POPE JOHN PAUL II - Anniversary of his death on April 2, 2005 - JPII we love you!

Today marks the 9th anniversary of the death of Pope John Paul II.
Born: May 18, 1920 - Died: April 2, 2005.Karol Józef Wojtyła became Pope John Paul II from 16 October 1978 to his death in 2005. He held this position as the second longest in history. Pope JPII visited 129 countries during his pontificate. He beatified 1,340 people and canonized 483 saints any other Pope. Pope Francis will canonize both Pope John Paul II and Pope John XXIII on 27 April, 2014.
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Karol Józef Wojtyła was born in Poland in the town Wadowice. He was born to Karol Wojtyła (1879–1941),  and Emilia Kaczorowska (Scholz) (1884–1929) Emilia was a teacher but died in childbirth in 1929. Karol was only 8 years old at her death. The eldest sister Olga also died early on. Karol's brother Edmund, was a Doctor but died from fever. Karol was ordained as a priest on All Saints' Day, 1 November 1946. Wojtyła earned his Doctorate in 1948 in Rome. FOR BREAKING NEWS AND INSPIRATIONAL STORIES AND FREE MOVIES
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POPE FRANCIS "The real ‘wedding gift’ is this: Your marriage is a reflection of the Holy Trinity...

(Vatican Radio) Married couples should never let the sun set on an argument; instead they must make peace by remembering to always say 'please,' 'thank you,' and 'sorry.' This was Pope Francis’ advice to husbands and wives Wednesday as he concluded his general audience catechesis on the Sacrament of Marriage.

As has become tradition, the Pope toured among the cheering crowds in his open topped jeep, alighting to greet a group of children who were vigorously waving flags and banners in greeting. In his general comments in Italian, Pope Francis said: “When a man and a woman celebrate the sacrament of marriage, God, so to speak, is ‘mirrored’ in them, He marks them with His features and the indelible character of His love.”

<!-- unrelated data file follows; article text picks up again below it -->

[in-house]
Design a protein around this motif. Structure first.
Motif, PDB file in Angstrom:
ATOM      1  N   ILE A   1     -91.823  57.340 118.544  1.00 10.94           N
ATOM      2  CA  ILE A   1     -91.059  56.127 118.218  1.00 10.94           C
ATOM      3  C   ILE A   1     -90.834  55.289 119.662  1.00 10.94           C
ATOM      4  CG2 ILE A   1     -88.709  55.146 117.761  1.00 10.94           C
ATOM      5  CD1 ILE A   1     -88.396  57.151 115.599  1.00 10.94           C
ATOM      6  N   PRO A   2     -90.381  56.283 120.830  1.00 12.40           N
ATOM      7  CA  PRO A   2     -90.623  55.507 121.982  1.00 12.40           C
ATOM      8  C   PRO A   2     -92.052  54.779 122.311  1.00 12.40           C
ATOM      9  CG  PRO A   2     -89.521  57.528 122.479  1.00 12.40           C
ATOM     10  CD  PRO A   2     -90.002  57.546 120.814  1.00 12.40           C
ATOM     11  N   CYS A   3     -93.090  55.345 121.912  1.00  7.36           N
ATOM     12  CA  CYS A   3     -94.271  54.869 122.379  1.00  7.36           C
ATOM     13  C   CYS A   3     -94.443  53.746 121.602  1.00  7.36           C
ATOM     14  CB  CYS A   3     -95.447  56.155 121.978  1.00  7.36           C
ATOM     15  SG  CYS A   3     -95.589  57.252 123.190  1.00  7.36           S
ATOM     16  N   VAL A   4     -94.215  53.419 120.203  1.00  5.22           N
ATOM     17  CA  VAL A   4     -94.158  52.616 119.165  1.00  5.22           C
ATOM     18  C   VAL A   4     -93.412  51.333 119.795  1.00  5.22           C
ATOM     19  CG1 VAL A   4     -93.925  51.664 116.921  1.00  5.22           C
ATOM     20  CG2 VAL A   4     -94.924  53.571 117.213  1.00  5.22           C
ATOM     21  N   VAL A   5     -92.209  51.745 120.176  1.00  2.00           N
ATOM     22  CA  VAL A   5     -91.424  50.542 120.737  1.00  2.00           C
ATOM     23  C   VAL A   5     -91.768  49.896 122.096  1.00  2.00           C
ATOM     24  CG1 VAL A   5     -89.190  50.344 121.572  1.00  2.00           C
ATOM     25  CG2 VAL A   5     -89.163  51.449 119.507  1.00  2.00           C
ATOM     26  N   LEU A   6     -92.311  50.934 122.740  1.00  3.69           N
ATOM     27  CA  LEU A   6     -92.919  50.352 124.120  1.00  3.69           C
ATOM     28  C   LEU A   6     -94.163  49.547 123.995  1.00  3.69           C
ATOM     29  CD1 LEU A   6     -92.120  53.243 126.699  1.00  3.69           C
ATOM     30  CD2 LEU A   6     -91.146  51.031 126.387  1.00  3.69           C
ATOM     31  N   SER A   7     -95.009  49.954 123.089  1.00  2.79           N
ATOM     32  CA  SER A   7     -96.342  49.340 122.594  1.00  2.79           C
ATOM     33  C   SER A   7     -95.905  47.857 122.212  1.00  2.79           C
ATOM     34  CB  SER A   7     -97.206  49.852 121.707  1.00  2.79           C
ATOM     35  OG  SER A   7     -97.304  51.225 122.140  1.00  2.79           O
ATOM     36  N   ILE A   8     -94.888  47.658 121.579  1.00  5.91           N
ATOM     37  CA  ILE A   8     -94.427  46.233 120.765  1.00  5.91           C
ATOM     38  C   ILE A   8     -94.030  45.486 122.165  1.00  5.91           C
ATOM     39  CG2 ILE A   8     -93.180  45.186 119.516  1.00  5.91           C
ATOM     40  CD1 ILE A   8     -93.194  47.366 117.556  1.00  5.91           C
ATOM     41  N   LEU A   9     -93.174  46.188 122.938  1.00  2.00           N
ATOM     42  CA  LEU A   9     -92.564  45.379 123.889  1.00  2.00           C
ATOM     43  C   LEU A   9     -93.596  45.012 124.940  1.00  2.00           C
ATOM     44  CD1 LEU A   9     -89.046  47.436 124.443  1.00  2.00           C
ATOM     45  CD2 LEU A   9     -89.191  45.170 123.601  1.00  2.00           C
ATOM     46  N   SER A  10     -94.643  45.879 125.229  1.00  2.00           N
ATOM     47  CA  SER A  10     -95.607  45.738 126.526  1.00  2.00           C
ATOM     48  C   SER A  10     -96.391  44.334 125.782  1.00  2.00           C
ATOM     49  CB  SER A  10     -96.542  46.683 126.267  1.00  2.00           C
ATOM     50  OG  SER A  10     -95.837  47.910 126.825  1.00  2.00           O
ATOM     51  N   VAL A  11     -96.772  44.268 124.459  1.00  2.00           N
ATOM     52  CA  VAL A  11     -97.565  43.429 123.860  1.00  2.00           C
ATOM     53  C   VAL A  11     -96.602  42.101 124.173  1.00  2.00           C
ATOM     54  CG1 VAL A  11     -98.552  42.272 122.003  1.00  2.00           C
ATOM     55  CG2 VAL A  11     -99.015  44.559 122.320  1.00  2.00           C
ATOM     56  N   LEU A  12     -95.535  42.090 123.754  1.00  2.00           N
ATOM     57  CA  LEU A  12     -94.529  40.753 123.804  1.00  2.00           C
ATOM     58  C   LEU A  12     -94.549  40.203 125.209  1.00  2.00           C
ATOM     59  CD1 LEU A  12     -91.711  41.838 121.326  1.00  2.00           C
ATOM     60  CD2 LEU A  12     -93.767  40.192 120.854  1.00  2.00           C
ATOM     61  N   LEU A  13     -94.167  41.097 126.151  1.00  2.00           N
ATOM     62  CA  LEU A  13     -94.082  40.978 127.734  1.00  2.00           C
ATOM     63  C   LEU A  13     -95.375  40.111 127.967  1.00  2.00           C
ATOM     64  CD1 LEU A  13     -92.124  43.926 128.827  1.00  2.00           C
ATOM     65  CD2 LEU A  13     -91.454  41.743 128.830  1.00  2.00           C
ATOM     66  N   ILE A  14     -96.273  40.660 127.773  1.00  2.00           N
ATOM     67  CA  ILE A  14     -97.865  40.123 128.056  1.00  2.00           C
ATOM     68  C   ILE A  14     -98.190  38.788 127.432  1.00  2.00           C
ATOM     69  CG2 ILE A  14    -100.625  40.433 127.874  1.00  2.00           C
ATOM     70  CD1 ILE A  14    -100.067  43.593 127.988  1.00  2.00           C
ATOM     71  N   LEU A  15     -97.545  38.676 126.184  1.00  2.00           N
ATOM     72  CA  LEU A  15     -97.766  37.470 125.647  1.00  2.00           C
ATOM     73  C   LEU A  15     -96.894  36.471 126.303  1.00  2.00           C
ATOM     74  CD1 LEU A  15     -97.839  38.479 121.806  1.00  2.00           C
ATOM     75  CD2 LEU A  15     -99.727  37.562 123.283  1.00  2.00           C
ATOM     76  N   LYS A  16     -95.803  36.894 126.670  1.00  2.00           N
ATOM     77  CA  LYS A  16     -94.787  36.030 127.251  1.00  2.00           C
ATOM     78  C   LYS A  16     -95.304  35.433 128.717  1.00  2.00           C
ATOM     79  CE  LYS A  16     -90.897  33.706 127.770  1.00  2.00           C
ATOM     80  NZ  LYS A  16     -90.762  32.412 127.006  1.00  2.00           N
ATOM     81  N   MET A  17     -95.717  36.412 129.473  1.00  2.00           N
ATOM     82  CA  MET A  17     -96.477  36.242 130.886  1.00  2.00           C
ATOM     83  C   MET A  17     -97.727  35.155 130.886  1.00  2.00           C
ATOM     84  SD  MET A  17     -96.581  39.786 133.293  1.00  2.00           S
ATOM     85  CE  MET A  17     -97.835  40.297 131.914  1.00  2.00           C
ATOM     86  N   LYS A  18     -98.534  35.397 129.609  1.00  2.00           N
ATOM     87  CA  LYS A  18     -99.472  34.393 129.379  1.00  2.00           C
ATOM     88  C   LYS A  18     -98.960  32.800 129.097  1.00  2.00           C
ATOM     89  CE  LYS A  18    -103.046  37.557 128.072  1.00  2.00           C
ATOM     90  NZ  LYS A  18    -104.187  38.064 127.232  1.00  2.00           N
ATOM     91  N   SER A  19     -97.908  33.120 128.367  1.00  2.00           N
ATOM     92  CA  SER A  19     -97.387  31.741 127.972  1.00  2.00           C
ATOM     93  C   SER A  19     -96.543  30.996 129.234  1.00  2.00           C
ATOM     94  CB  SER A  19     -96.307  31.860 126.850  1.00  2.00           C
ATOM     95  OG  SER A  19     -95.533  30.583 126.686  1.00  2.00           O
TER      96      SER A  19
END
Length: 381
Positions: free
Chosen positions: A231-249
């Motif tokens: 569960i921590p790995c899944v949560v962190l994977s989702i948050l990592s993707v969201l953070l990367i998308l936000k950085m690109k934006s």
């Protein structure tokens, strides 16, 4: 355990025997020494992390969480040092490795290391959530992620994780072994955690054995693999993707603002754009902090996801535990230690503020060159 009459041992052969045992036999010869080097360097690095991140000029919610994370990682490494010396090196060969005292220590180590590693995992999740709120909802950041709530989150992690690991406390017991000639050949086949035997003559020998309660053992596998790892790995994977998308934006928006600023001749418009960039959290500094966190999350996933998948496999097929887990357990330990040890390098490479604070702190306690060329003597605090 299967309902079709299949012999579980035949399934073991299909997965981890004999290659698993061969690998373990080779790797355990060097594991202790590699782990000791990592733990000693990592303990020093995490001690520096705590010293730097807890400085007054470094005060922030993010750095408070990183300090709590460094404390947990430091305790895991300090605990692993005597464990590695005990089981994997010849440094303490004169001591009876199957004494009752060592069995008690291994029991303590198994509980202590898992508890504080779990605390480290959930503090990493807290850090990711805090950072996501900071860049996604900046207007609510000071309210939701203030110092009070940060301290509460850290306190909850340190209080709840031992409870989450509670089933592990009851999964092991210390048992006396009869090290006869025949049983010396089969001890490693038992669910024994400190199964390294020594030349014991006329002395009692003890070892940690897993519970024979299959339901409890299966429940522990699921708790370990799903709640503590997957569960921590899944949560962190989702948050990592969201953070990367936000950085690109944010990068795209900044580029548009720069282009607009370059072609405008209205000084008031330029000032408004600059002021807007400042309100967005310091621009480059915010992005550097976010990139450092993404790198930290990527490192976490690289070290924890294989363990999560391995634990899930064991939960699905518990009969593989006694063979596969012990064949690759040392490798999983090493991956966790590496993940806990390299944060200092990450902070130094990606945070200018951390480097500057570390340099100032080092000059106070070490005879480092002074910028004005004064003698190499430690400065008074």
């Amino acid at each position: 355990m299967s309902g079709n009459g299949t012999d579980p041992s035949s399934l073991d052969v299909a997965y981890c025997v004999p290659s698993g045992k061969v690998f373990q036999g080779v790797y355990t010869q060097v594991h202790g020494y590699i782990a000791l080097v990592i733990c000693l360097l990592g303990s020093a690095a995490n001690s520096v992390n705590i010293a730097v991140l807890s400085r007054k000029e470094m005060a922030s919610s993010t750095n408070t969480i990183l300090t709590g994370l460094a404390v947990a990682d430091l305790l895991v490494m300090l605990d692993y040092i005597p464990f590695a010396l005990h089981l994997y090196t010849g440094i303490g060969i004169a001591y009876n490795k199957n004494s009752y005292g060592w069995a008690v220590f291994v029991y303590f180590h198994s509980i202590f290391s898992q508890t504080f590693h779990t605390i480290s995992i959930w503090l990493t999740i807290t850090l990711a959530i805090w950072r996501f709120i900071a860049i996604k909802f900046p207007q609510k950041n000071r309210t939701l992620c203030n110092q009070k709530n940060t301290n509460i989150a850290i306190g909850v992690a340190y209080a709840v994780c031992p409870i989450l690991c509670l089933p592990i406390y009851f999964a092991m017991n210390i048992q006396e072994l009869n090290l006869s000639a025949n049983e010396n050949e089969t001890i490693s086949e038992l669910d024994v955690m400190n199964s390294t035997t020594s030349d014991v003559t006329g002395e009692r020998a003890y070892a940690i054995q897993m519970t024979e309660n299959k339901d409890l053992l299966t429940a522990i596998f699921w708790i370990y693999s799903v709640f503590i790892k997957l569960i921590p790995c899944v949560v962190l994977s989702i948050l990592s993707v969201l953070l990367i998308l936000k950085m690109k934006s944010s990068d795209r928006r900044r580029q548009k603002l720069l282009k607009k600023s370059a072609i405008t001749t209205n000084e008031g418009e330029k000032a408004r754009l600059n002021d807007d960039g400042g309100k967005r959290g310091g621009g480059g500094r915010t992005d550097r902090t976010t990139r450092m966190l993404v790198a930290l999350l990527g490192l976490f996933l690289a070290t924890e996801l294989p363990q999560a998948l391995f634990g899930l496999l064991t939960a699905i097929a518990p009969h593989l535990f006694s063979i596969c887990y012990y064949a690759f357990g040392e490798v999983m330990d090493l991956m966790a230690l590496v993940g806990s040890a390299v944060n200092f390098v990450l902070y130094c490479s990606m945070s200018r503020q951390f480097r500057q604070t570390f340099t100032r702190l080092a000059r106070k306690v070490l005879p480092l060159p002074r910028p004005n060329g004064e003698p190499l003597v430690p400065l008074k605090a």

Even God “is a communion of the three persons of the Father, the Son, and the Holy Spirit, who live forever and are forever in perfect unity. And this is the mystery of marriage: God makes one existence of the two spouses — the Bible says ‘one flesh’ — in the image of His love, in a communion which draws its origin and its strength from God.” 

The Pope then asked those husbands and wives present if they are aware of this “great gift” that the Lord has given them: “The real ‘wedding gift’ is this: Your marriage is a reflection of the Holy Trinity, and with the grace of Christ, you are a living and credible icon God and His love.”

“The plan that is inherent in the Sacrament of Marriage is truly wonderful! It takes place in the simplicity and also the fragility of the human condition. We know the many trials and difficulties that the lives of a married couple encounter... The important thing is to keep alive the link with God, which is the basis of the marital bond.”